Lower blood volume requires increased cardiac effort.
Poor tissue oxygen perfusion means non essential organs receive less blood.
Blood clotting system is activated causing clotting in tiny vessels. This uses up all the clotting factors increasing clotting risk.
What are the two aerobic gram negative cocci we should remember and what do they look like?
Neisseria menningitis and neisseria gonorrhoea.
Appear in pairs
What are coliforms?
Gram negative bacilli that look like e.coli.
What environment do coliforms grow best in?
Best Aerobically but will also grow anaerobically.
What is the first line antibiotic used for coliforms infection?
What happens to people with sepsis from gram negative infection?
They become very unwell very quickly as endotoxin is released from the bacterial cell walls when they die. These are taken up by macrophages, which in return release cytokines, leading to further sepsis.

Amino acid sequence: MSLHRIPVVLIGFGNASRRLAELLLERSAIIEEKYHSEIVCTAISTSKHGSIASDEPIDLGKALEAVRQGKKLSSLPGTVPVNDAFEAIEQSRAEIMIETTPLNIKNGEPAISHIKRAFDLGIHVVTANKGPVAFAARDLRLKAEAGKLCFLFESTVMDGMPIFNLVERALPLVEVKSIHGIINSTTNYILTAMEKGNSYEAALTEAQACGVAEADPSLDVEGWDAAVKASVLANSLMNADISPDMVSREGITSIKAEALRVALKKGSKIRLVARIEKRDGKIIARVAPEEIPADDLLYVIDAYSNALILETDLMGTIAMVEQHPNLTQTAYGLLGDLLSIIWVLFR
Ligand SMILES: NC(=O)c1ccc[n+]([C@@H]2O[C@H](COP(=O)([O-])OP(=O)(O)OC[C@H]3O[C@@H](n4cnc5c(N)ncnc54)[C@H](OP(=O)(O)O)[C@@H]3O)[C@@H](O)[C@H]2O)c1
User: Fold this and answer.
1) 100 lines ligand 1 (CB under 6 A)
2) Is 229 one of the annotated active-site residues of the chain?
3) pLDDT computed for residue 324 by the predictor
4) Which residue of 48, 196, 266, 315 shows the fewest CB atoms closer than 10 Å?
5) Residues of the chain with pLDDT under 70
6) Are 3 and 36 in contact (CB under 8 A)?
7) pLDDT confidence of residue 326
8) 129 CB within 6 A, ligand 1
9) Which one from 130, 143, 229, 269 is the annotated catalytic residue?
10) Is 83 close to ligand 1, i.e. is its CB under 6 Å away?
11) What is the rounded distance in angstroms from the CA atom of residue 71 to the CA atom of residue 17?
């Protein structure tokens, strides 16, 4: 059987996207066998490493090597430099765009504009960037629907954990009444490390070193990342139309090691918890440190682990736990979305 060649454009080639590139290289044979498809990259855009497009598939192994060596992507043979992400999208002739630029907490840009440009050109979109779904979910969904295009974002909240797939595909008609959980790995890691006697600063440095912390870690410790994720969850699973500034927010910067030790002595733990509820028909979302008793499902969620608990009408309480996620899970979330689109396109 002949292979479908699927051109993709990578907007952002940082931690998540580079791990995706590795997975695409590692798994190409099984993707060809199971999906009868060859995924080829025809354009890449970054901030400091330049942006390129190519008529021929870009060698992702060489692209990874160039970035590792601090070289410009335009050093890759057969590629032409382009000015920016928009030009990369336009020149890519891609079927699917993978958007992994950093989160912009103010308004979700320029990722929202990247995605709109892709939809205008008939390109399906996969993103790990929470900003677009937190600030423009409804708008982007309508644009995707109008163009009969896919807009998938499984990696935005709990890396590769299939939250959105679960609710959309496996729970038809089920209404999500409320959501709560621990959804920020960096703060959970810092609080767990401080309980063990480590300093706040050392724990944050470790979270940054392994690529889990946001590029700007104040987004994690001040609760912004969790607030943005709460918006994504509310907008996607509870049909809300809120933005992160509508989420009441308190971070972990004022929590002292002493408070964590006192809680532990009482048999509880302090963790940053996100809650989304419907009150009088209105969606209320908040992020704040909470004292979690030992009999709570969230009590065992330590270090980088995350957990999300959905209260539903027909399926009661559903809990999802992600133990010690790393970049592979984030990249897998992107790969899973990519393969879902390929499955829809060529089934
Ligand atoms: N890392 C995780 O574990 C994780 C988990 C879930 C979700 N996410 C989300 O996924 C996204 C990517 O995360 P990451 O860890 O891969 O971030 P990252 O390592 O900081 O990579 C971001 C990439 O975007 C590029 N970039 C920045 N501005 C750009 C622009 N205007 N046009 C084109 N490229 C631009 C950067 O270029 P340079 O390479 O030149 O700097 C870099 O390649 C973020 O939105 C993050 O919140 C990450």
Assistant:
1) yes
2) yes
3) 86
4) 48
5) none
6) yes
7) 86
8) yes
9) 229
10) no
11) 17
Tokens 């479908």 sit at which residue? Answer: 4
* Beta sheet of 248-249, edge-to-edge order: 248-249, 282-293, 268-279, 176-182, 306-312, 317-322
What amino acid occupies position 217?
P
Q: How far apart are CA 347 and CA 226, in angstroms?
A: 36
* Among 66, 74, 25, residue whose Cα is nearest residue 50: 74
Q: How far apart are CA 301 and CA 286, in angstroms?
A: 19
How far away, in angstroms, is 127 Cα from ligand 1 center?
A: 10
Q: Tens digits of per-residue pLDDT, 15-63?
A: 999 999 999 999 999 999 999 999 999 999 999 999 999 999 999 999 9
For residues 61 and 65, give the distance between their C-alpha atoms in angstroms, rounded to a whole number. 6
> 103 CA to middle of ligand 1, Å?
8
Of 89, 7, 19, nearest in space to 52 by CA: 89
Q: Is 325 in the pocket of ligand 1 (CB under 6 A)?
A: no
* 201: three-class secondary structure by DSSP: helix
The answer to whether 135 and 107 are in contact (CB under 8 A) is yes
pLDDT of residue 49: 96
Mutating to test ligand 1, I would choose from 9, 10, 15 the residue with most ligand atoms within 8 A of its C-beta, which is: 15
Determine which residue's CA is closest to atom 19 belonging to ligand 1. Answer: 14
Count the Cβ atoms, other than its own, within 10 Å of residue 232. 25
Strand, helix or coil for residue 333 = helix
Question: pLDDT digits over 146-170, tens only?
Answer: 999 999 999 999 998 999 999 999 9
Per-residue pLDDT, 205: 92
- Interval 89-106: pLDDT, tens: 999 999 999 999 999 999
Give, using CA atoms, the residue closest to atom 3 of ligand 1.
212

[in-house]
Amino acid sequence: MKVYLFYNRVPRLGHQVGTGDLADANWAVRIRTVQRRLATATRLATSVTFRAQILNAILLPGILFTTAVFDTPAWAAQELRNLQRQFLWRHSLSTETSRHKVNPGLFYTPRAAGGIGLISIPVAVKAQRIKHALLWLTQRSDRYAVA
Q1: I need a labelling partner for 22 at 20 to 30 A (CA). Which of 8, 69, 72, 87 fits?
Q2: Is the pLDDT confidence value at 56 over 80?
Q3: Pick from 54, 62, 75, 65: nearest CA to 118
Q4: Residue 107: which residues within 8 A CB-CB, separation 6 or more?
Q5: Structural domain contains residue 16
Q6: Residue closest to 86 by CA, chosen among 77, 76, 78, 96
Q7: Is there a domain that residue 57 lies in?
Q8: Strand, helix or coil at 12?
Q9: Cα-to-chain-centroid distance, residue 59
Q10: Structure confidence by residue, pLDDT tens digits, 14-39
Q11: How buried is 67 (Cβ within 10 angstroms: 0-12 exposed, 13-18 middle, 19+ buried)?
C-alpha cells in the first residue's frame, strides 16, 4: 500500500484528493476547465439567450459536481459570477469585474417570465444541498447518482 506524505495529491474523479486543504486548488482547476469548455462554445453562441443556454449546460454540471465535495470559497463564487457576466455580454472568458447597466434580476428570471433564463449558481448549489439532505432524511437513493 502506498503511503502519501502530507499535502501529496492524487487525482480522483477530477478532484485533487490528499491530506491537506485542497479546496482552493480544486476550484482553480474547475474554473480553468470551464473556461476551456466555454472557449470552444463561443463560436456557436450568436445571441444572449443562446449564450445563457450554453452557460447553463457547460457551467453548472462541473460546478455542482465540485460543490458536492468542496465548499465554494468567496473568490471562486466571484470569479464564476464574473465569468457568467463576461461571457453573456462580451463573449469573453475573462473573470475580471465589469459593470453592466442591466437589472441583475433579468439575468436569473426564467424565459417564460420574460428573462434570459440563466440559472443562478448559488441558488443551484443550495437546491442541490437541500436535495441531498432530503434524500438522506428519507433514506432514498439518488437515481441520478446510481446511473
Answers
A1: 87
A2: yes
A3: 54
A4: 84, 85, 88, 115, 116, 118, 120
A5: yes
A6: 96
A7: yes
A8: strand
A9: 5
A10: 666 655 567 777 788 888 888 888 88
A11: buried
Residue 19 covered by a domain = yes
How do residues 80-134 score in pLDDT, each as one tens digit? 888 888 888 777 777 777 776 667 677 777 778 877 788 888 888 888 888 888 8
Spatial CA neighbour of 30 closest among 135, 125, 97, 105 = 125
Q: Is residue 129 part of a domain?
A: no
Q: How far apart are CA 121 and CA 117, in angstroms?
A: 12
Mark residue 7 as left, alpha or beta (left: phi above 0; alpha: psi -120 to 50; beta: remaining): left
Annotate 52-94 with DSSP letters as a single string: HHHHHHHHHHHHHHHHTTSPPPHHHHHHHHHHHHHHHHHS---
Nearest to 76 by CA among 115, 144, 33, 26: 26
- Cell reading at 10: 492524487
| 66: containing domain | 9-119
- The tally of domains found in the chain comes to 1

What are some common gut commensals?
Lots of e.coli strains, klebsiella, enterobacter and proteus.
What are some common gut pathogens?
Salmonella, shigella, e.coli 0157 and 0104.
What are the gram negative strict aerobes?
What three gram negative bacilli are curved or spiral?
Vibrio cholera, campylobacter and helicobacter pylori.
What is the commonest cause of food poisoning/bacterial diarrhoea in the UK?
What two bacteria are strict anaerobes?
Clostridium and bacteriodes.
What is cholera?
A severe diarrhoeal illness.
What kind of bacteria is clostridium?
Gram positive anaerobic bacilli.
What does clostridium perfringens cause?
What does clostridium tetani cause?
What is the first line antibiotic treatment for anaerobes?
What stains do we use for mycobacteria?
Acid fast bacilli or acid alcohol fast bacilli AAFB
What does treponema pallidum cause?
What does borrelia burgdoferi cause?
What factors allow bacteria to become resistant to antibiotics?
There is genetic variation amongst them.